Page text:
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No Miami blue butterfly on Florida's coasts anymore

Community and ForumBlogNo Miami blue butterfly on Florida's coasts anymore

Lev Bely, 20.03.2012 14:47

Last year august the US Fish and Wildlife Service announced an emergency listing* of the Miami Blue Butterfly (Cyclargus thomasi bethunebakeri) as endangered, “We, the Fish and Wildlife Service (Service), exercise our authority pursuant to section 4(b)(7) of the Endangered Species Act of 1973, as amended (Act), to emergency list the Miami blue butterfly (Cyclargus thomasi bethunebakeri) as endangered. This subspecies is currently known to occur at only a few small remote islands within the Florida Keys. Current population numbers are not known, but are estimated in the hundreds of butterflies.”

The Seattle Post-Intelligencer reported that it may be too late because no Miami blue butterflies were seen on Bahia Honda since 2010. That might mean that the subspecies has become totally extinct.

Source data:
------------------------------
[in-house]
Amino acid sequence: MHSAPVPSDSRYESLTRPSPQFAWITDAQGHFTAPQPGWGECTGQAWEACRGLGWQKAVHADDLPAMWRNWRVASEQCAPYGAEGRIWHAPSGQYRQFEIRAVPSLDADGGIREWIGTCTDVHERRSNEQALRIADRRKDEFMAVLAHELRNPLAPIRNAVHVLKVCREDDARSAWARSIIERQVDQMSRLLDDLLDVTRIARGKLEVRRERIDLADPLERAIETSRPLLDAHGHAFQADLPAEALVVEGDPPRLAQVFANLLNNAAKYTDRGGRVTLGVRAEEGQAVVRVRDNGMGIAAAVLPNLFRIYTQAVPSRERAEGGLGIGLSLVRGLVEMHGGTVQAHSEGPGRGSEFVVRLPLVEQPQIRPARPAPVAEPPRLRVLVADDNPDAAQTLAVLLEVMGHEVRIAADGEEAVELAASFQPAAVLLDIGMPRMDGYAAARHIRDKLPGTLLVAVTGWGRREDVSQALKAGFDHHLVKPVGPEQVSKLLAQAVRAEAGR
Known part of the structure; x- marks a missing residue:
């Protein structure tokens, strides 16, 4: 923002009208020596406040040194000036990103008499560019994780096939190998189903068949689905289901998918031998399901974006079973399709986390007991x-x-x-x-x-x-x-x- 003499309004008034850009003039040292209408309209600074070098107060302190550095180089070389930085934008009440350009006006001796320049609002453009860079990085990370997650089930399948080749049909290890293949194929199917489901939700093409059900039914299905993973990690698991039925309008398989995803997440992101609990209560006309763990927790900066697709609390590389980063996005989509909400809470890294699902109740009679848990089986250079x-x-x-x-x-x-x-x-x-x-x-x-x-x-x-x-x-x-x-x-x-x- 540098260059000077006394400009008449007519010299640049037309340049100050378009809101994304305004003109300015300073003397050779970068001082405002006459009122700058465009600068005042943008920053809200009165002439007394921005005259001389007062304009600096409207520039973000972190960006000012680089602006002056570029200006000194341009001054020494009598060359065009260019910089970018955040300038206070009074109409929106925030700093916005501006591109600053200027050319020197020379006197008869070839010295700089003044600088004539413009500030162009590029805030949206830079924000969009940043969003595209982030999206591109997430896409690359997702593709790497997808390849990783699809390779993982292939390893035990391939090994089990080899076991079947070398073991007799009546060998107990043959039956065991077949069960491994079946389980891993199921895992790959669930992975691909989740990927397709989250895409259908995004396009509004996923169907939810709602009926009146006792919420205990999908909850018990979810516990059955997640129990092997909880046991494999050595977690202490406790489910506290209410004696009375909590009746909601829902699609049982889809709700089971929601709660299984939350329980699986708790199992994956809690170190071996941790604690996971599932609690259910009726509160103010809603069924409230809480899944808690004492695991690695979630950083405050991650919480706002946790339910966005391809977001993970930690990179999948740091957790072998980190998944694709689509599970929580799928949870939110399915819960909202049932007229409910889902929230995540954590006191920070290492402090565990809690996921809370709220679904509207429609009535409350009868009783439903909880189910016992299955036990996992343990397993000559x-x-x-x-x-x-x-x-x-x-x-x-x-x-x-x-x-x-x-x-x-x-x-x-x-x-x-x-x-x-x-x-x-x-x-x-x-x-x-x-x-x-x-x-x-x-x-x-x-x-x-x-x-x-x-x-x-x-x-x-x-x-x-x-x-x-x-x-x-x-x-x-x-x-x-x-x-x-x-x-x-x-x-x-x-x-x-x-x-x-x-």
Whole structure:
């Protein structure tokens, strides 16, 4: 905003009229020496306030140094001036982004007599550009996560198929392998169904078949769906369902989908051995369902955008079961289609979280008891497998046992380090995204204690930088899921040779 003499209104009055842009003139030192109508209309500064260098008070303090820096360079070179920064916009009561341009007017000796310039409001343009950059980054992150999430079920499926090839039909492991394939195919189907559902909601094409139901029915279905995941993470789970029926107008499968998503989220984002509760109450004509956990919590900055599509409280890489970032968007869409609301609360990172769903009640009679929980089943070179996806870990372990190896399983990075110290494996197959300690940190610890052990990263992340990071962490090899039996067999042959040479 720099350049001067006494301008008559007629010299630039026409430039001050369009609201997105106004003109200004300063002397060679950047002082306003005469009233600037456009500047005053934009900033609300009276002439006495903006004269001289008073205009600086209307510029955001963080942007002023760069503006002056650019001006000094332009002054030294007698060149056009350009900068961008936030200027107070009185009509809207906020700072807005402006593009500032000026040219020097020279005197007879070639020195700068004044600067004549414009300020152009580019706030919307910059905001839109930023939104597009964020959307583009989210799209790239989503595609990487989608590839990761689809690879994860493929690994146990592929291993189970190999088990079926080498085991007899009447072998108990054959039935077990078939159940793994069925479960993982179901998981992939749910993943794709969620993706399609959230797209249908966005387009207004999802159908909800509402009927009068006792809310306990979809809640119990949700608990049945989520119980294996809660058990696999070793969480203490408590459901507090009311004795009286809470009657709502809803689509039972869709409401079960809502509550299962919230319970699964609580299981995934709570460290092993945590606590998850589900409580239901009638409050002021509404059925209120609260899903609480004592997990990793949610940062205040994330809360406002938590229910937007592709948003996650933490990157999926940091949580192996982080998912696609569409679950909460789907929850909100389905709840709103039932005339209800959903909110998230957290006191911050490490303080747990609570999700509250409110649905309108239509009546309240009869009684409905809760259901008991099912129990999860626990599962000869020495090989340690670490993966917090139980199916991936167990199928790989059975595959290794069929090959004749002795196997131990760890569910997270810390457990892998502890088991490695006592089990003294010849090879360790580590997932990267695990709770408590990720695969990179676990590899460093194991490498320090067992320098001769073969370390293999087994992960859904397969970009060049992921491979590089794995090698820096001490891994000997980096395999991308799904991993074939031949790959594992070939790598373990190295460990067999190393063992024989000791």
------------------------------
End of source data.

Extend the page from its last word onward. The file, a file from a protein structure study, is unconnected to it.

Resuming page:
Once C. thomasi bethunebakeri habited Florida's coasts in large numbers, but shopping malls, roads and residencies built on these lands made the subspecies diminished to nearly nothing. By the early 90's these butterflies could be found only within the Florida Keys archipelago.

After Hurricane Andrew in 1992 only about 50 Miami Blue butterflies supposed to be left. Since 2003 to 2010 scientists artificially increased the population in the lab to 30000 butterflies and “landed” them in the Keys, but the population didn't survive. Meanwhile, few “wild” ones living on Bahia Honda began vanishing too. The reason seemed to be lots of iguanas which were the offspring of pet iguanas that people let “free” once they got bored. Iguanas destroyed plants that Miami Blue butterflies used for egg-laying.

Few more Florida butterflies and moths are also endangered: the Florida Leafwing (Anaea troglodyta) and the Florida Purplewing (Eunica tatila), Bartram’s Scrub-Hairstreak (Strymon acis), the Martial Scrub-Hairstreak (Strymon martialis) and the Amethyst Hairstreak (Chlorostrymon maesites), the Zestos Skipper (Epargyreus zestos), the Schaus' Swallowtail (Papilio aristodemus).

It turns out so that the Endangered Species Act of 1973 gets to work right after the species needing most to get protected has totally vanished or just no more than few animals left. And it's barely possible to be saved.

*The US Fish and Wildlife Service publication on endangered species from August 10th, 2011: http://www.gpo.gov/fdsys/pkg/FR-2011-08-10/pdf/2011-19812.pdf.

Care2.com, http://www.care2.com

Photo: Care2.com, http://www.care2.com

Associated Press on vanishing Miami Blue butterfly

All the rest posts on: species decline, USA


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